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Berkun on Change

Monday, February 16, 2009 by Slaughter Development

According to noted author Scott Berkun, change has nothing to do with the latest technology. Rather, innovation comes from taking risks and embracing new ideas.

At the Tools of Change conference this year, Berkun gave an impressive, energetic talk where he covered everything from the American Revolution to Gandhi to Rome. Go get a sack lunch and prepare to be amazed (Direct Link):

The entire 40 minute video is filled with gems. Berkun points out that although an idea may be widespread, the actions to implement the change begin with one person:

Even grassroots change depends on the choice of an individual to use their power to make something take place.

We assume that change can only occur when someone who has authority dictates it. Berkun explains that this is a fallacy of management:

If you want to make innovation happen, you need to create opportunities for people to succeed underneath you. Your job becomes not being the star…If you are hiring good people, smart people, people who have knowledge that you don’t have, then they are going to be suggesting ideas or perspectives that you don’t entirely understand.  If you are always thwarting ideas that do not fit your worldview, then all you are going to get is your own worldview. Which as a manager, is increasingly becoming farther away from the front lines where all the new stuff is happening!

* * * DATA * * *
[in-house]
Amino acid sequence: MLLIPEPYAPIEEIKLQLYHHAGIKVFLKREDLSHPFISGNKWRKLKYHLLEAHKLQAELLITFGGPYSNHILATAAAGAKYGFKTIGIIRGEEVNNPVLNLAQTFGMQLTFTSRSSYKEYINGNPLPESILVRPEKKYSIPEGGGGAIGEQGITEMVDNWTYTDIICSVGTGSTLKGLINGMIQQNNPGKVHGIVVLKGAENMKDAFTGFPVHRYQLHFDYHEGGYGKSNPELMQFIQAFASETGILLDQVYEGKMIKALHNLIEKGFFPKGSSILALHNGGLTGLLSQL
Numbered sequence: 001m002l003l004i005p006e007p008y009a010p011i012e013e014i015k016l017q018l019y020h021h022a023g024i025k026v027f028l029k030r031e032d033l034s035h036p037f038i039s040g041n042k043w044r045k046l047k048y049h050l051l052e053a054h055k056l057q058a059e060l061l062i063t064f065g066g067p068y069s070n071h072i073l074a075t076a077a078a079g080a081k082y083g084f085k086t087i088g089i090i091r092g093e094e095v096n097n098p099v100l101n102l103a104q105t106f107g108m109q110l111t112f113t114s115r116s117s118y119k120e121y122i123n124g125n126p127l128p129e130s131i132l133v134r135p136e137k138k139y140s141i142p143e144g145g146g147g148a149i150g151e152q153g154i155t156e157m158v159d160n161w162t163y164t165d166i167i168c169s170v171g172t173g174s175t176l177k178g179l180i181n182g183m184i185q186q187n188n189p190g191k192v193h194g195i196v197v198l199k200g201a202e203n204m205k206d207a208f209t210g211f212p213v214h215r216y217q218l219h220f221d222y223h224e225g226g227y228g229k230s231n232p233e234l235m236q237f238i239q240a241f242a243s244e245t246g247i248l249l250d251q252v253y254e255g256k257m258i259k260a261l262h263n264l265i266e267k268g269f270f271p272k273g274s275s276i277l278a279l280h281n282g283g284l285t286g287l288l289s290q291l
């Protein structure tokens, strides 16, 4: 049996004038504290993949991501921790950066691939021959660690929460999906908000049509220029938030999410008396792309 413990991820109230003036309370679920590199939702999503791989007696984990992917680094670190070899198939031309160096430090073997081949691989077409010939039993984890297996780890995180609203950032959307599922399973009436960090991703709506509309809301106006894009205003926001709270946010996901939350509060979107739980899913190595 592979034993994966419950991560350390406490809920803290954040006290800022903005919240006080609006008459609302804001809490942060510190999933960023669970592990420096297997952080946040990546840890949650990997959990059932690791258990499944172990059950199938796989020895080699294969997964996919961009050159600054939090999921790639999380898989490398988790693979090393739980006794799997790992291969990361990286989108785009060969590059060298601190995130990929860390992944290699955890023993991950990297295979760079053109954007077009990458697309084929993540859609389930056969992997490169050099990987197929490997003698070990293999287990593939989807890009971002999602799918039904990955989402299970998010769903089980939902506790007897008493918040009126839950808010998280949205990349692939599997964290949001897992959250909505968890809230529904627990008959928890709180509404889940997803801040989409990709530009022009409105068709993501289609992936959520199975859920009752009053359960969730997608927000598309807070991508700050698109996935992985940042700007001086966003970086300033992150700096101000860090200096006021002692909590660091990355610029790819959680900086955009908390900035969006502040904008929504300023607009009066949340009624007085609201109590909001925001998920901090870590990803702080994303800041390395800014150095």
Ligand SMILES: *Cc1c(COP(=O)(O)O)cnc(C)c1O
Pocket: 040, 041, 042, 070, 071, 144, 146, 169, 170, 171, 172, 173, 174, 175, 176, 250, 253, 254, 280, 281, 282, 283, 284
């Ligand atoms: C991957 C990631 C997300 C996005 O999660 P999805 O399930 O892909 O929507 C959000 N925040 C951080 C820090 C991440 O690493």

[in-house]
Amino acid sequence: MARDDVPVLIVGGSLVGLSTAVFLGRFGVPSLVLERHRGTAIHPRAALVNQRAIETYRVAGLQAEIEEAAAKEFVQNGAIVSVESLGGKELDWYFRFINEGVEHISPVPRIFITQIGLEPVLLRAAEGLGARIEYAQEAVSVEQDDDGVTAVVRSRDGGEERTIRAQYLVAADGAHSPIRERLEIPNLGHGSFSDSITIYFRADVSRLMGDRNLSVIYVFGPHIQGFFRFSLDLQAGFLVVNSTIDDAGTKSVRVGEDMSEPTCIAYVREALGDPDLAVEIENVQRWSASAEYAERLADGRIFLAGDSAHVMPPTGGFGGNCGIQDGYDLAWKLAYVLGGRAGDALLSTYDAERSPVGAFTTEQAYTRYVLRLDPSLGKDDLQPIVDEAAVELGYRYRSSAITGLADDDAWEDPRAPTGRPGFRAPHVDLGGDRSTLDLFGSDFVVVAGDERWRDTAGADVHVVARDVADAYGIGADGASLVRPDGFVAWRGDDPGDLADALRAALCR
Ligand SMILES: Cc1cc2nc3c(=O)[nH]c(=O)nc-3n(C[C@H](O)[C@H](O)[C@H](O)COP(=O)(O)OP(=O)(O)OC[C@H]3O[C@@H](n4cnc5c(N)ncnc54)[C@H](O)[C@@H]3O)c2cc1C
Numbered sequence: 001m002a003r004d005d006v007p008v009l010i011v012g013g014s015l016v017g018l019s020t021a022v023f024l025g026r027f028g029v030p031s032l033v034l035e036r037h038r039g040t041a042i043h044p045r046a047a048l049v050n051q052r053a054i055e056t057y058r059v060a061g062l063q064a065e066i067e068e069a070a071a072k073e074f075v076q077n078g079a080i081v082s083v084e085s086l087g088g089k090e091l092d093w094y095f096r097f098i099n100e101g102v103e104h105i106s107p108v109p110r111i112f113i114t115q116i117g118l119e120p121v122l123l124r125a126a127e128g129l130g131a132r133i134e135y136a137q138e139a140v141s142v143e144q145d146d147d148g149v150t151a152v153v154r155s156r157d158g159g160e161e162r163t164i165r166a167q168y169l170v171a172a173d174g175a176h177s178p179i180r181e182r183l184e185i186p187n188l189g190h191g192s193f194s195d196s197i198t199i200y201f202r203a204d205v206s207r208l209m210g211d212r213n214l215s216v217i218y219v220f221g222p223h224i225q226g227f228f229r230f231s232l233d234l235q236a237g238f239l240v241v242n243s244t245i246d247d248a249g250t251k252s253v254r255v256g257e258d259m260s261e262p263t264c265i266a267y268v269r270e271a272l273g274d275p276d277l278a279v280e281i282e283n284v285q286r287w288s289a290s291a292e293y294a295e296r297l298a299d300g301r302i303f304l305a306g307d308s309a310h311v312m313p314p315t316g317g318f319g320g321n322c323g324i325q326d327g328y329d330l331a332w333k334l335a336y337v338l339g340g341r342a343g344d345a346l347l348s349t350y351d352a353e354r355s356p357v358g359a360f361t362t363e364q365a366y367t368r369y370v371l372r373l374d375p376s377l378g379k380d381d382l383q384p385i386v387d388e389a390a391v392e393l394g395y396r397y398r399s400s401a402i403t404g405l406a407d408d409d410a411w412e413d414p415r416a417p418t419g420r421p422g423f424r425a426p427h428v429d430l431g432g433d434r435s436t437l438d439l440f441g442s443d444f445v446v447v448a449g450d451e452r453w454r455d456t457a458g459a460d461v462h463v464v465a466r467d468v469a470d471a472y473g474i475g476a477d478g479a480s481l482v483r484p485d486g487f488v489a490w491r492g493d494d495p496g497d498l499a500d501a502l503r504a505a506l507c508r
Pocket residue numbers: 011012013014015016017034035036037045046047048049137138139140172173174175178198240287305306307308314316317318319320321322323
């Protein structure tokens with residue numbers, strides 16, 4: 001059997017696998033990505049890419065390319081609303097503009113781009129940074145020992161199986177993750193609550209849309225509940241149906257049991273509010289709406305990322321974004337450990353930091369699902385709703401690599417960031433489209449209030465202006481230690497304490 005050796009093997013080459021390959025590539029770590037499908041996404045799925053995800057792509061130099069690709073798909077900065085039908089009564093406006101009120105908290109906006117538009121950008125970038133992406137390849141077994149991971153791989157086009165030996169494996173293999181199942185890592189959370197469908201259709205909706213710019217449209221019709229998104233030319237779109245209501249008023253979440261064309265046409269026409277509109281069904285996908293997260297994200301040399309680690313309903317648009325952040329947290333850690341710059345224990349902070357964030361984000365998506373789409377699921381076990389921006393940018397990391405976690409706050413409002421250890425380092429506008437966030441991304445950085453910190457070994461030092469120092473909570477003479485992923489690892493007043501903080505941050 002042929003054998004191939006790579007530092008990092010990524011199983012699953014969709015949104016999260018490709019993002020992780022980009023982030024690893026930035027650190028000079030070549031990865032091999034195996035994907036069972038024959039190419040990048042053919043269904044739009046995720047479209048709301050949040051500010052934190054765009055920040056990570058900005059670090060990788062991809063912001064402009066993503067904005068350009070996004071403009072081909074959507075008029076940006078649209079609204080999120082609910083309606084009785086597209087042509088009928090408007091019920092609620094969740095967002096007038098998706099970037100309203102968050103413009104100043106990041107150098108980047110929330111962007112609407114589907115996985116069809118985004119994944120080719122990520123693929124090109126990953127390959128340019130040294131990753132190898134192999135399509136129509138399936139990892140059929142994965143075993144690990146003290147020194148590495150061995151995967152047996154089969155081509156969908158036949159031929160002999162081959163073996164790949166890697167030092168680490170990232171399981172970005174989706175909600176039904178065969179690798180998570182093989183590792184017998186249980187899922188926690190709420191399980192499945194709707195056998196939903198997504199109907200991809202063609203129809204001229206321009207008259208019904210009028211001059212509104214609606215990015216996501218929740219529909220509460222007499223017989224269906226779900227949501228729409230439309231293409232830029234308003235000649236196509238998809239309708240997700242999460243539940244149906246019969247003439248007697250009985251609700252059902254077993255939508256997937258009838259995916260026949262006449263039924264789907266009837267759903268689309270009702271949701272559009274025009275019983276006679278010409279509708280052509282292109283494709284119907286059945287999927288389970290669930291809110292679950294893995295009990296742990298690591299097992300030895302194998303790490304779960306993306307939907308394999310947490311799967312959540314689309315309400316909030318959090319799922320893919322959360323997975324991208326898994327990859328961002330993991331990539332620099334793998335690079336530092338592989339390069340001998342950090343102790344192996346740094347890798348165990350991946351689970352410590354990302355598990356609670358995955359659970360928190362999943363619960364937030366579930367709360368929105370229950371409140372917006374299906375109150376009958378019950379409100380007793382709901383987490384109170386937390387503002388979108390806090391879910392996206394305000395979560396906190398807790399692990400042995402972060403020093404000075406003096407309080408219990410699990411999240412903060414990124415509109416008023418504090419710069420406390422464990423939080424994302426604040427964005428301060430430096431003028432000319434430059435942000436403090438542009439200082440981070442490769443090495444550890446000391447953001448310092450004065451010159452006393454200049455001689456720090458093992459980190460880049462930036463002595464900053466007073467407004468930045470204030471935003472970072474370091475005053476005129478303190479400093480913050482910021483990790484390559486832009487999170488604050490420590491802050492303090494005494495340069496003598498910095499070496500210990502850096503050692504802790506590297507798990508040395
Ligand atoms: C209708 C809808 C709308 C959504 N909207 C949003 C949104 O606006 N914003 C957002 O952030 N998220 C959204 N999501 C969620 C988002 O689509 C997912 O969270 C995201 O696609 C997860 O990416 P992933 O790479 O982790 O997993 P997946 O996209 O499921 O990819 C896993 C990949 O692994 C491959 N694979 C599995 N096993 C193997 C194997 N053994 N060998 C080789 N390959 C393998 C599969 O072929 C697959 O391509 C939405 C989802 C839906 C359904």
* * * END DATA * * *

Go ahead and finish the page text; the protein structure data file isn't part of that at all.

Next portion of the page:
Slaughter Development is a longtime fan of Scott Berkun’s fresh approach. In fact, his works form a major component of our philosophy. We help companies innovate by including all stakeholders in the process of analysis and conducting implementation on a realistic schedule. Change is not easy, but it is essential. If you are interested in improving the way you work, reach out to Slaughter Development today.

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Like this post? Here are some related entries from The Methodology Blog you might enjoy:

Replacing Chainj for Change? - Though it consists of merely six letters, one of the most straightforward words in the English language is C-H-A-N-G-E.  Yet two prominent groups see a need for further simplification of this term. Read on »
Change: An Organization-Wide Effort - Transforming an organization to be more productive shouldn’t just be a top-down effort. A blogger explains why increasing efficiency should include everyone.
Read on »
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